Donald A. Gross, in Register of the Kentucky Historical Society, on Why Presidents Succeed.

“All in all, the book is an interesting and sometimes surprising compendium of information…. [T]he book accomplishes a great deal and should be of interest to any scholar of presidential politics.”

Donald McQuarie, in Psychohistory Review, on Why Presidents Succeed.

“As a presidential election approaches, this volume is likely to attract a respectable audience among followers of the political process.”

BOOKLIST: The Professional Multimedia Evaluation Service, on Why Presidents Succeed.

“[Simonton] offers something new in his role as ‘political psychologist,’ studying such oft-ignored factors as motivation, cognitive style, intelligence, childhood experiences, age, attitudes, and environmental stimuli…. Heavy-going stuff from academe, but likely to hold up well next to its predecessors.”

Kirkus Reviews, on Why Presidents Succeed.

“Few topics have been as fascinating to scholars, professionals, and laypeople as creativity, but most social scientists believe that it is beyond the ken of empirical study. One notable exception is D. K. Simonton, who in his recent book, Creativity in Science: Chance, Logic, Genius, and Zeitgeist, presents a systematic view of scientific creativity. He gives primary emphasis to chance as an explanatory concept …. Simonton builds a strong case for the chance perspective. His arguments are clear and often persuasive.”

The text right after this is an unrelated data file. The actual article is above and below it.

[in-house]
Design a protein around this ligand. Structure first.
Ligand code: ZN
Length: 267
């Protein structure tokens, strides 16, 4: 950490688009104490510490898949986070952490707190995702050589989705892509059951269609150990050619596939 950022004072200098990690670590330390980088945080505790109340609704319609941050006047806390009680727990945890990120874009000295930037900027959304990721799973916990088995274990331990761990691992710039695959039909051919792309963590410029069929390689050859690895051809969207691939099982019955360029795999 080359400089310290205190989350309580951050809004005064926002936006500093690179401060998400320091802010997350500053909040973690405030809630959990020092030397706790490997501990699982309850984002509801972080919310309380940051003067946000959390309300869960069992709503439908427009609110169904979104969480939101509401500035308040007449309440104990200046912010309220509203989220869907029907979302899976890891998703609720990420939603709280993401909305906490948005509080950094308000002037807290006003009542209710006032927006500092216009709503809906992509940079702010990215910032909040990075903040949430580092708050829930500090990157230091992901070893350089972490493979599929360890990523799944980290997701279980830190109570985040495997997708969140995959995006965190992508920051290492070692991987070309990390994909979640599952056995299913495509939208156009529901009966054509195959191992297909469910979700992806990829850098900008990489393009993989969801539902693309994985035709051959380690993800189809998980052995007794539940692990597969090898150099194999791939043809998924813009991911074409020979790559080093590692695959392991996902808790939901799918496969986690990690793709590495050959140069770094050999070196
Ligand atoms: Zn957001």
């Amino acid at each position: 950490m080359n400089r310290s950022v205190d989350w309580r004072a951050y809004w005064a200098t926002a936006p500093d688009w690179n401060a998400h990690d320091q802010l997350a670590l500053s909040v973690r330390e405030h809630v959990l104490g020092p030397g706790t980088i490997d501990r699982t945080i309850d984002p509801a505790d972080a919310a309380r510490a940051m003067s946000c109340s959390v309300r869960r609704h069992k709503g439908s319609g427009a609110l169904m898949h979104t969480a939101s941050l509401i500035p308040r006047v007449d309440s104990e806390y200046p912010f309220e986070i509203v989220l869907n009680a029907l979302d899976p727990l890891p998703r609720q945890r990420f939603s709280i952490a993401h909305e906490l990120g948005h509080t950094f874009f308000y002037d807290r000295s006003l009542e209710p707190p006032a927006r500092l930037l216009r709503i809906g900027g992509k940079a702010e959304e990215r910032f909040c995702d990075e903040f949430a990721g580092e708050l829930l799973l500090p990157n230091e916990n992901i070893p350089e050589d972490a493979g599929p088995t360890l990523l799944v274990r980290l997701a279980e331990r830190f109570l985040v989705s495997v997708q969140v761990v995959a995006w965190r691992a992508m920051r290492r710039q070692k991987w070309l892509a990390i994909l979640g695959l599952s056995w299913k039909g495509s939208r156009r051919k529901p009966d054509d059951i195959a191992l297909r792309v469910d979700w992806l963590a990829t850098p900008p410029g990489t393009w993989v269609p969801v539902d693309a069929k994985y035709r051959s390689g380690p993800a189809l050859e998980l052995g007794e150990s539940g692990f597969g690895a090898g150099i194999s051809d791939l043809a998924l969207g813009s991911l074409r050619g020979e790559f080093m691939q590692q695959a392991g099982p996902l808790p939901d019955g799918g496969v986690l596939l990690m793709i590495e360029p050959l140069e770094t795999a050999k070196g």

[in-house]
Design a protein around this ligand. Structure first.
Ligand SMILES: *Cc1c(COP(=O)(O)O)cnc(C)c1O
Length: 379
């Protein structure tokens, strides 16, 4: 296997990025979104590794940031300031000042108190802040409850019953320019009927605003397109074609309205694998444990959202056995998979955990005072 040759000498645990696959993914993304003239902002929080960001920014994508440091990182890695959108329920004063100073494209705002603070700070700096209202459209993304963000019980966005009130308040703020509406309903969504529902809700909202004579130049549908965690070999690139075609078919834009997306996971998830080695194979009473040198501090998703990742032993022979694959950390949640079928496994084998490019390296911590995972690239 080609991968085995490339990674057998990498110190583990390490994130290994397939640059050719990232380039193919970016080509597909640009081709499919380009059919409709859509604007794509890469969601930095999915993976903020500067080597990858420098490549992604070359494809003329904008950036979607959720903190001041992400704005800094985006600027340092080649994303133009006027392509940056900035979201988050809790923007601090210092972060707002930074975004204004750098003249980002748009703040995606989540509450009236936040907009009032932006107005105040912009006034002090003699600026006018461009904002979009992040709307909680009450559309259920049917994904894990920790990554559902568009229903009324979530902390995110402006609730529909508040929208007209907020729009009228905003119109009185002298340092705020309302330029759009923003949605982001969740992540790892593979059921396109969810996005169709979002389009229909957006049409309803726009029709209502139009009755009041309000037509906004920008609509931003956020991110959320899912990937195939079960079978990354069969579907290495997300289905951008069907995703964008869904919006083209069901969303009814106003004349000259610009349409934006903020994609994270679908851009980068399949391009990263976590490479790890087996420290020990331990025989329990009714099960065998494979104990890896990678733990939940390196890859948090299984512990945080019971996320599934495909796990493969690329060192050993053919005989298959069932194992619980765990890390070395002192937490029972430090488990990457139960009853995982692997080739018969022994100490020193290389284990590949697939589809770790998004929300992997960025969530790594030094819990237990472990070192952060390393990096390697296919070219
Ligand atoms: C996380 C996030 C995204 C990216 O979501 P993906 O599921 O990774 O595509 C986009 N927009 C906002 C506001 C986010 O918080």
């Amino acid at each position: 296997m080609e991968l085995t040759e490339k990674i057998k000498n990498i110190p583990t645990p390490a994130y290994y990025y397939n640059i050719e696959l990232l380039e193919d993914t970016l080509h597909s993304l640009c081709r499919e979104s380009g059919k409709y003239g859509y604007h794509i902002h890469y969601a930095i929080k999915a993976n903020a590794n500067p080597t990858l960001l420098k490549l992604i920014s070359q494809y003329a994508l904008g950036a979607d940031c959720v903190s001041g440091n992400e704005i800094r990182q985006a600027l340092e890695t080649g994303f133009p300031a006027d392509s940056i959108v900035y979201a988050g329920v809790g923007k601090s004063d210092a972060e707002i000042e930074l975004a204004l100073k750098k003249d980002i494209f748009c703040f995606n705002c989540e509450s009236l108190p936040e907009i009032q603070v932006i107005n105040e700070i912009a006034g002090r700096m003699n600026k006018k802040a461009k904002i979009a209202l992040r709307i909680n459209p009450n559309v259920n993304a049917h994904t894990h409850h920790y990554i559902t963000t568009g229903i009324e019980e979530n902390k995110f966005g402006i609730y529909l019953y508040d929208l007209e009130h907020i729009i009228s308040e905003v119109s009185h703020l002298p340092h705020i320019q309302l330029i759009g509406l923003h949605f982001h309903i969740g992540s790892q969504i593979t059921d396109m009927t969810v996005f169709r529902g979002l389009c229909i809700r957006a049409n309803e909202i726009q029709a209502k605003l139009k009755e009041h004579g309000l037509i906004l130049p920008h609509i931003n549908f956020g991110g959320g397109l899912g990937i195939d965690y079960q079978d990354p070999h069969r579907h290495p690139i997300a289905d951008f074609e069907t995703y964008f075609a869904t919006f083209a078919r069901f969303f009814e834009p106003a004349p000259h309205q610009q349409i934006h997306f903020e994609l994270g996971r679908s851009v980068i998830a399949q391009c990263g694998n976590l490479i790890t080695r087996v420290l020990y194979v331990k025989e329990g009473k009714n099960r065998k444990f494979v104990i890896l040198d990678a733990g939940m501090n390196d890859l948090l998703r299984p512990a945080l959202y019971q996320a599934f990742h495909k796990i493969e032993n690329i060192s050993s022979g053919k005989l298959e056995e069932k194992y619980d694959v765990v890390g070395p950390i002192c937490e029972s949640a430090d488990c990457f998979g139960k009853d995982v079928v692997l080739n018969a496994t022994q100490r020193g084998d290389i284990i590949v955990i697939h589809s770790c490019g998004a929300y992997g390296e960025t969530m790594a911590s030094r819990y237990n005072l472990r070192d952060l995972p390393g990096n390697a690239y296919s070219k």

Vera John-Steiner, in the American Journal of Psychology, on Creativity in Science.

“if a review of the literature on the characteristics of successful scientists is what you seek, this book may be for you.”

Morton Schatzman, in New Scientist, on Scientific Genius.

“Meant for a broad audience, the book investigates creativity in general. More specifically, education planners could use its insights in mapping out the curricula for the budding scientists of the 1990’s.”

Jan Erickson, in Brain/Mind Bulletin, on Scientific Genius.
“‘Great Psychologists and their times’ is a fine example of the skilful application of psychology’s scientific arsenal to a field where idiographic methods still dominate. In that, it is original and creative, an example of the book’s very subject matter. If you are interested in methodology and in nomothetic creativity research, this book will be valuable for you.”

Jürgen Klecker, in Metapsychology, on Great Psychologist and Their Times.
“Simonton should be applauded for showing how we can apply an underused resource, historic cases, to conduct quantitative studies of leadership and creativity. In fact, the studies summarized from this book indicate that the empirical relations established through application of this approach may provide a powerful tool for initial theory development. “